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LindaK

Salt Cod Diary

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I never commented on the lovely salt cod gratins and the avocado dish but that's not for lack of interest.  They look great.  Bethesdabakers, if you like salt cod and eggs together, try the salt cod frittata, it's easy and a keeper.  And I love the idea of avocado with the salt cod-prawn mix, and of course the use of chiles.

 

I am still looking for good salt cod fillets with skin. Maybe it's time to order online somewhere.

 

The detailed posts about using salted fish in Chinese dishes are fascinating, thanks for adding them here.  I'd love to see your own examples. I'm afraid this area is  daunting for me, who has no real experience making Chinese food.  I need to find a way to approach this vast topic. 

 

Back to my comfort zone. Now that the temperature is dropping, here's an end-of-summer vegetable and salt cod gratin.

 

DSCF1637.JPG

 

Layers, from top to bottom:

 

Zucchini and summer squash

Sliced tomatoes (and few cherry tomatoes)

Salt cod—fillets sliced, dredged in flour, and sautéed in olive oil til lightly golden but not cooked through.

Caramelized onion and garlic

Sliced potatoes

Fresh parsley, thyme, and basil liberally sprinkled throughout and extra basil after baking

 

Based on a recipe from the Union Square Café Cookbook by Danny Meyer and Michael Romano.  I simplified the layering to fit into individual gratin dishes and added the potato layer at the bottom to absorb all the lovely juices.  Very easy and delicious, even if it doesn’t look very pretty. I'll make it again before summer vegs go away and will work on the presentation.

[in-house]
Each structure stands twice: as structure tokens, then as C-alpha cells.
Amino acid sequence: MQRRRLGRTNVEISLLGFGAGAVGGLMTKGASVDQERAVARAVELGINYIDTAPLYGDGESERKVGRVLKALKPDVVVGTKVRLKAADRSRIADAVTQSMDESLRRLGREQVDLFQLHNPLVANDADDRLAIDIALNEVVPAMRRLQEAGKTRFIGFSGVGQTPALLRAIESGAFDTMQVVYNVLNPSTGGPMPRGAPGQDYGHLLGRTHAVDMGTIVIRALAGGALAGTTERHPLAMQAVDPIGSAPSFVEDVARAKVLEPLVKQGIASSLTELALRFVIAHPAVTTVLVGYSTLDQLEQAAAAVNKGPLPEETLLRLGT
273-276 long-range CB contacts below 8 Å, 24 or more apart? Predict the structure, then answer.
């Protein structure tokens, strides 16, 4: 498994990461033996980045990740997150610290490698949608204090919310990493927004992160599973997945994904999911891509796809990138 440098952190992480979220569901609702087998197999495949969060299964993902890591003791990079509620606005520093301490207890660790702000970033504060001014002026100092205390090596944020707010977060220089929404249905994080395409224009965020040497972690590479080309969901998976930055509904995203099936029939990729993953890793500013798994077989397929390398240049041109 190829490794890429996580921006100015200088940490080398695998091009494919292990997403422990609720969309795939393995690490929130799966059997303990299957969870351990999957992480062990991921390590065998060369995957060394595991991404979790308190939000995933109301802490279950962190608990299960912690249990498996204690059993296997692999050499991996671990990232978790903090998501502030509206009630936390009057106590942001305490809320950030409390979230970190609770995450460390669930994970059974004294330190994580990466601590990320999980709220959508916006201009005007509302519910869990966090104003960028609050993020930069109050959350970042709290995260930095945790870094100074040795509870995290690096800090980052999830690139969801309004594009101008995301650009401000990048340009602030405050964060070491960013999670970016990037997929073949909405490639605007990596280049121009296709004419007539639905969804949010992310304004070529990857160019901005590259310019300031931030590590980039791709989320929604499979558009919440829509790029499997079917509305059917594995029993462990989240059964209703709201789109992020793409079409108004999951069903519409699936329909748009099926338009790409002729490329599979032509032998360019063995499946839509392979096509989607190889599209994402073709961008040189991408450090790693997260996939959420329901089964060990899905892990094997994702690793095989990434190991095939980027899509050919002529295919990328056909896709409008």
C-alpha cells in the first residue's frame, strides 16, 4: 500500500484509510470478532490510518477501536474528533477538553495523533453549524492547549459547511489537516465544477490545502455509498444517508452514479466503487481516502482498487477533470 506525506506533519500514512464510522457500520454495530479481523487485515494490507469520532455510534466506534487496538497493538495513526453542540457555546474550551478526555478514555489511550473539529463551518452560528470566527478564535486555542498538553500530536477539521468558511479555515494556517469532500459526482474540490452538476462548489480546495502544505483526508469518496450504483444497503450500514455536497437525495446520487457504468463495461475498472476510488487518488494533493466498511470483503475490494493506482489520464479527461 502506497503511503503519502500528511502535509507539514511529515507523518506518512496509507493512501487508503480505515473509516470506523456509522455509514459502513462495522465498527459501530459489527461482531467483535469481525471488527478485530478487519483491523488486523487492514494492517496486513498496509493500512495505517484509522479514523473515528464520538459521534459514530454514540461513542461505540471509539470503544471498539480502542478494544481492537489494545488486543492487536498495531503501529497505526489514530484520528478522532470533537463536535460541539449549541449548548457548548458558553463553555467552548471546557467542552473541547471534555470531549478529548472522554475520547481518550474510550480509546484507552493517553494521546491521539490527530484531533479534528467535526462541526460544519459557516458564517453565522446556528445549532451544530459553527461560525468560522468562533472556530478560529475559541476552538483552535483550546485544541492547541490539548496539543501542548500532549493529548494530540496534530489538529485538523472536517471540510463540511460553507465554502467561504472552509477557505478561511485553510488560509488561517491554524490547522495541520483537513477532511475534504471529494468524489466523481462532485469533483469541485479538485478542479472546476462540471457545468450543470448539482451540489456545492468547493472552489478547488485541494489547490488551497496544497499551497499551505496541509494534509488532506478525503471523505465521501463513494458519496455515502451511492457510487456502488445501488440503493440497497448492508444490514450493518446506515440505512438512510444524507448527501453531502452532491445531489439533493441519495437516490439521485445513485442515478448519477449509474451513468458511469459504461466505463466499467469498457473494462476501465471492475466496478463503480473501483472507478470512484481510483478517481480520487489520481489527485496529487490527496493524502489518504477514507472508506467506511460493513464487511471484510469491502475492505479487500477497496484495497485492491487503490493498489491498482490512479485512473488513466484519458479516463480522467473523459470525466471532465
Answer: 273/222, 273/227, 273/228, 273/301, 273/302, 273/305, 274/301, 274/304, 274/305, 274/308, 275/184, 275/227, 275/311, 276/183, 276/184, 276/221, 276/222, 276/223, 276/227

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Linda, Chave's market in Fall River used to sell Norwegian salt cod with skin. Very expensive. You could call them.

 

Thanks for the suggestion. I did a quick search for it and stumbled across another option in Fall River: Portugalia Marketplace, a retail outlet of a Portuguese importing company.  The Boston Globe did a brief write-up, which I missed: Portuguese specialties fill a former mill in Fall River

 

It sounds like they sell everything Portuguese, which is exciting enough. But this: "a room devoted entirely to salt cod, a staple of Portuguese cuisine; every portion of the fish is available — loins, faces, cheeks, and the chewy tongue" has me dreaming of a field trip (Fall River is about an hour south of Boston, for those not from these parts).  When I go, I'll report back for sure.

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Thanks for the suggestion. I did a quick search for it and stumbled across another option in Fall River: Portugalia Marketplace, a retail outlet of a Portuguese importing company.  The Boston Globe did a brief write-up, which I missed: Portuguese specialties fill a former mill in Fall River

 

It sounds like they sell everything Portuguese, which is exciting enough. But this: "a room devoted entirely to salt cod, a staple of Portuguese cuisine; every portion of the fish is available — loins, faces, cheeks, and the chewy tongue" has me dreaming of a field trip (Fall River is about an hour south of Boston, for those not from these parts).  When I go, I'll report back for sure.

Don 't know that place, wonder if it is new, but description sounds amazing. Chave's has great homemade chorizo too and large selection of Breads and epwines. If you do go to Fall River ( it's actually an easy trip down 24) try to time it for an early pilgrimage to Sam's on Flint Street for warm lamejun and turnovers from this old Lebanese family bakery. Better than Watertown. Sat is a good day but get there early!

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Don 't know that place, wonder if it is new, but description sounds amazing. Chave's has great homemade chorizo too and large selection of Breads and epwines. If you do go to Fall River ( it's actually an easy trip down 24) try to time it for an early pilgrimage to Sam's on Flint Street for warm lamejun and turnovers from this old Lebanese family bakery. Better than Watertown. Sat is a good day but get there early!